Abstract BACKGROUND: The ultimate goal of organ transplantation is the reestablishment of organ function and the restoration of a solid immunity to prevent the assault of potentially deadly pathogens. T cell immunity is crucial in controlling cytomegalovirus (CMV) infection. It is still unknown how preexisting antiviral T cell levels, prophylaxis, or preemptive antiviral strategies and pharmacological conditioning affect immune reconstitution. METHODS: Seventy preemptively treated CMV-seropositive recipients, 13 prophylaxis-treated CMV-seronegative recipients of seropositive donor transplants, 2 seropositive recipients of seronegative donor kidneys, and 27 pretransplant subjects were enrolled in a cross-sectional study and analyzed for CMV viremia (DNAemia) and CMV-specific T cell response (interferon-gamma enzyme-linked immunospot assay) before transplantation and at 30, 60, 90, 180, and 360 days after transplantation. RESULTS: CMV-seropositive transplant recipients displayed a progressive but heterogeneous pattern of immune reconstitution starting from day 60 after transplantation. CMV-seronegative recipients did not mount a detectable T cell response throughout the prophylaxis regimen. A single episode of CMV viremia (CMV copy number, 7000-170,000 copies/mL) was sufficient to prime a protective T cell immune response in CMV-seronegative recipients. Antithymocyte globulin treatment did not significantly affect CMV-specific T cell response. CONCLUSIONS: Baseline immunity, antiviral therapy but not antithymocyte globulin treatments profoundly influence T cell reconstitution in kidney transplant recipients.

Evaluation of cytomegalovirus (CMV)-specific T cell immune reconstitution revealed that baseline antiviral immunity, prophylaxis, or preemptive therapy but not antithymocyte globulin treatment contribute to CMV-specific T cell reconstitution in kidney transplant recipients.

ABATE, DAVIDE ANTONIO;SALDAN, ALDA;FISCON, MARTA;PACIOLLA, ADRIANA;FURIAN, LUCREZIA;EKSER, BURCIN;BIASOLO, MARIA-ANGELA;CUSINATO, RICCARDO;MENGOLI, CARLO;BONFANTE, LUCIANA;ROSSI, BARBARA;RIGOTTI, PAOLO;SGARABOTTO, DINO;BARZON, LUISA;PALU', GIORGIO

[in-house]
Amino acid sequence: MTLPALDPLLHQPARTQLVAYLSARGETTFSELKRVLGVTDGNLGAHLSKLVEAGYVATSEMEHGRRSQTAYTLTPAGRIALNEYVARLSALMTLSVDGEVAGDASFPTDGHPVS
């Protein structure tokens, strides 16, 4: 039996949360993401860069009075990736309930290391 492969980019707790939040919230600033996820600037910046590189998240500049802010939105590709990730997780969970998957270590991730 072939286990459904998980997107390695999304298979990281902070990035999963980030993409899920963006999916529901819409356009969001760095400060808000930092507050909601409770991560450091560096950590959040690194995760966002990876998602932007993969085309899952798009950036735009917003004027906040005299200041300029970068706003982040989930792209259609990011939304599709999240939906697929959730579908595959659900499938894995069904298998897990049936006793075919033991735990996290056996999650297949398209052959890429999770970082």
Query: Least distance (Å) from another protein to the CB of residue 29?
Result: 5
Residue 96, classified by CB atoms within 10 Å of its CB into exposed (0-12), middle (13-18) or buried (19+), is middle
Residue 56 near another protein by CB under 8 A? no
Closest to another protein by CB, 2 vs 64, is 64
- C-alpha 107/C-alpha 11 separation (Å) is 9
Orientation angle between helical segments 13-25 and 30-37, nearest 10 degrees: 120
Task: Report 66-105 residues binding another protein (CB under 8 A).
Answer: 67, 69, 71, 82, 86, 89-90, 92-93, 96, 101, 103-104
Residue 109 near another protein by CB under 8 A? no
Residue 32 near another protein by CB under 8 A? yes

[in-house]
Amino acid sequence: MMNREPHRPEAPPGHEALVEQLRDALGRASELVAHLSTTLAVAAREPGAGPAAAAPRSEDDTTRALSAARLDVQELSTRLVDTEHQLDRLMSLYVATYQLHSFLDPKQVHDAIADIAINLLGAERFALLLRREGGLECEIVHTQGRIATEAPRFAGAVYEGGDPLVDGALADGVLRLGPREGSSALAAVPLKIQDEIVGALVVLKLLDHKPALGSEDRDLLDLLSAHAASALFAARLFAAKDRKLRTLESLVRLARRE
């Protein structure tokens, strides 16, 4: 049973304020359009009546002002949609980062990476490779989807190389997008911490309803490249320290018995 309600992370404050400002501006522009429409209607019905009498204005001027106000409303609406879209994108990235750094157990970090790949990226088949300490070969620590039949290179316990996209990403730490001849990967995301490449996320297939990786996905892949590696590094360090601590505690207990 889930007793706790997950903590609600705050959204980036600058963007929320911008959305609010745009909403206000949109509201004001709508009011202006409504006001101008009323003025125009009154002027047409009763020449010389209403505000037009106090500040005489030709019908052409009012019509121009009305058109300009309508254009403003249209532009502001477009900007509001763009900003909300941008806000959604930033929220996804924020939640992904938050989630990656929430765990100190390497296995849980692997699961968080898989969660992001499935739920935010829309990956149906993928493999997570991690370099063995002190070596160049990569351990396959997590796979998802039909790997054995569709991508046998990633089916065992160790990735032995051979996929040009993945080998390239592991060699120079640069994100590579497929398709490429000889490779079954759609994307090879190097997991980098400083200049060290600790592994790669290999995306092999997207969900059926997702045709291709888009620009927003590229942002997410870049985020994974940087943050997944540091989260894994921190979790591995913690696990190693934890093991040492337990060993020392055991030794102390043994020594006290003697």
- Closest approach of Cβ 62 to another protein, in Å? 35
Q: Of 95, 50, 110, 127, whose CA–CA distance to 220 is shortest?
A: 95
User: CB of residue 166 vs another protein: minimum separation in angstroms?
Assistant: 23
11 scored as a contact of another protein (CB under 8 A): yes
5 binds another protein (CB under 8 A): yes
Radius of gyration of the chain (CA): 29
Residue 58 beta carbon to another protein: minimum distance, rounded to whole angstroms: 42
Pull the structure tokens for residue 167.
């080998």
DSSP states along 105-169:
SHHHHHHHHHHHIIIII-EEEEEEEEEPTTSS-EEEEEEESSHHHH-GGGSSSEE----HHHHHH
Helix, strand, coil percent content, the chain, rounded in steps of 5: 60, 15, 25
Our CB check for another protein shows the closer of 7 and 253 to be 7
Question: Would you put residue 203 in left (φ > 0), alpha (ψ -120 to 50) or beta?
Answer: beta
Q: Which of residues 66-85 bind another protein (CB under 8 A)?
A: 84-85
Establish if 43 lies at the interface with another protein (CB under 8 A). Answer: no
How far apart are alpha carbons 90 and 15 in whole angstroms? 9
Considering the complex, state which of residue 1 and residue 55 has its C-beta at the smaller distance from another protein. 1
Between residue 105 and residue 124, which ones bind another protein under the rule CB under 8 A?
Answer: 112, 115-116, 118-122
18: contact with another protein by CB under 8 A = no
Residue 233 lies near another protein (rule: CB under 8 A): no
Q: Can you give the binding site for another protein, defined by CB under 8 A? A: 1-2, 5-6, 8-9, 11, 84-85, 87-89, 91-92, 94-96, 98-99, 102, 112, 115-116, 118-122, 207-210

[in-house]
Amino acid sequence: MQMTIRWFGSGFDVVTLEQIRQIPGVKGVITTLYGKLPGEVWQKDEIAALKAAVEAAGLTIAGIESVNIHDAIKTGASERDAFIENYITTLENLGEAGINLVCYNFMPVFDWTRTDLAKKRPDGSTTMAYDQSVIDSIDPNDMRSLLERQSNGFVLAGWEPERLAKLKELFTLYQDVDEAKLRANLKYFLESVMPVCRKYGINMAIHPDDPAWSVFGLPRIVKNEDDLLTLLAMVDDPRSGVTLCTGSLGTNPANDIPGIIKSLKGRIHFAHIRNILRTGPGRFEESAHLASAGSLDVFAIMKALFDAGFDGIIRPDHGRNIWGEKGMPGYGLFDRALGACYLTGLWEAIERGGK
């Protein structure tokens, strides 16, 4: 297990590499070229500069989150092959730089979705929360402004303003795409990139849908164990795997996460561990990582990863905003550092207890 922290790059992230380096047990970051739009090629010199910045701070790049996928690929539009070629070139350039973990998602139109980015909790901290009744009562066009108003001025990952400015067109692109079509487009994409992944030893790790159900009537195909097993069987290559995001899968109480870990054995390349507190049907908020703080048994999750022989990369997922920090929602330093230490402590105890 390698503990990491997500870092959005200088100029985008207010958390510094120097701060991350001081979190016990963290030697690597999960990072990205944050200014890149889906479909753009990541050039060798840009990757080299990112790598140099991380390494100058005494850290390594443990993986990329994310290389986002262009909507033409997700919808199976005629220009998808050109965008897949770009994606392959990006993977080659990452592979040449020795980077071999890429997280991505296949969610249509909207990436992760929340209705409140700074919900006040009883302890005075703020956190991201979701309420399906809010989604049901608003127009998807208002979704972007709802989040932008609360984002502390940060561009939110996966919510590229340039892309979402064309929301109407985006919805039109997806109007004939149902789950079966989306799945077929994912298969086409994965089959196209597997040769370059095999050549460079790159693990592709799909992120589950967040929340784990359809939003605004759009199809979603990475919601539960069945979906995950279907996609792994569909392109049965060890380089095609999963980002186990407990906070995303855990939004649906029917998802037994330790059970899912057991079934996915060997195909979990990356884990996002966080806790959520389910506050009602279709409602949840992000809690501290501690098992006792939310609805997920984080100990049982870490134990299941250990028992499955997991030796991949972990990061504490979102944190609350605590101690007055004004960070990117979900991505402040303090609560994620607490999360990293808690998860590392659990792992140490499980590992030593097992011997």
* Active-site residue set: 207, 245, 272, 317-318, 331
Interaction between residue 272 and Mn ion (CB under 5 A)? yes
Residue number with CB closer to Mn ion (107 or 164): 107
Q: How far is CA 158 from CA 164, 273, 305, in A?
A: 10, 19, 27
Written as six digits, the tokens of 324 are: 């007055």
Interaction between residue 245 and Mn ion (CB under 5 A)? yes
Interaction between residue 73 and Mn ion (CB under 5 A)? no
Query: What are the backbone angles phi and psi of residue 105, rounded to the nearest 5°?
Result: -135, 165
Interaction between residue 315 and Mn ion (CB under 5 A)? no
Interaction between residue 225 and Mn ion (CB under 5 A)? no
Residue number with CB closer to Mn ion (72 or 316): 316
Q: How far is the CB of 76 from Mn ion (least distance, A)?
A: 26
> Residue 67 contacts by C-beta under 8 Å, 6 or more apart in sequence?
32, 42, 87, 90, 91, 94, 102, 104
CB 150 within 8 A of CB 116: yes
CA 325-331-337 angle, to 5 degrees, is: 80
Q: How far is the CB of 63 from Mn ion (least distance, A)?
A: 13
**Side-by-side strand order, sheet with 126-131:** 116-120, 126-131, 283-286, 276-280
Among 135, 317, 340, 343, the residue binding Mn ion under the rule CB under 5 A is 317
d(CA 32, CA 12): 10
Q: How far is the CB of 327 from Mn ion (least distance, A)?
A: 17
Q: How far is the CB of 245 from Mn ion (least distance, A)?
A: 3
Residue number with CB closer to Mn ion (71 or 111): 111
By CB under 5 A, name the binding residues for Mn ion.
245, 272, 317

2010

Abstract

Abstract BACKGROUND: The ultimate goal of organ transplantation is the reestablishment of organ function and the restoration of a solid immunity to prevent the assault of potentially deadly pathogens. T cell immunity is crucial in controlling cytomegalovirus (CMV) infection. It is still unknown how preexisting antiviral T cell levels, prophylaxis, or preemptive antiviral strategies and pharmacological conditioning affect immune reconstitution. METHODS: Seventy preemptively treated CMV-seropositive recipients, 13 prophylaxis-treated CMV-seronegative recipients of seropositive donor transplants, 2 seropositive recipients of seronegative donor kidneys, and 27 pretransplant subjects were enrolled in a cross-sectional study and analyzed for CMV viremia (DNAemia) and CMV-specific T cell response (interferon-gamma enzyme-linked immunospot assay) before transplantation and at 30, 60, 90, 180, and 360 days after transplantation. RESULTS: CMV-seropositive transplant recipients displayed a progressive but heterogeneous pattern of immune reconstitution starting from day 60 after transplantation. CMV-seronegative recipients did not mount a detectable T cell response throughout the prophylaxis regimen. A single episode of CMV viremia (CMV copy number, 7000-170,000 copies/mL) was sufficient to prime a protective T cell immune response in CMV-seronegative recipients. Antithymocyte globulin treatment did not significantly affect CMV-specific T cell response. CONCLUSIONS: Baseline immunity, antiviral therapy but not antithymocyte globulin treatments profoundly influence T cell reconstitution in kidney transplant recipients.
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Utilizza questo identificativo per citare o creare un link a questo documento: http://hdl.handle.net/11577/2444749
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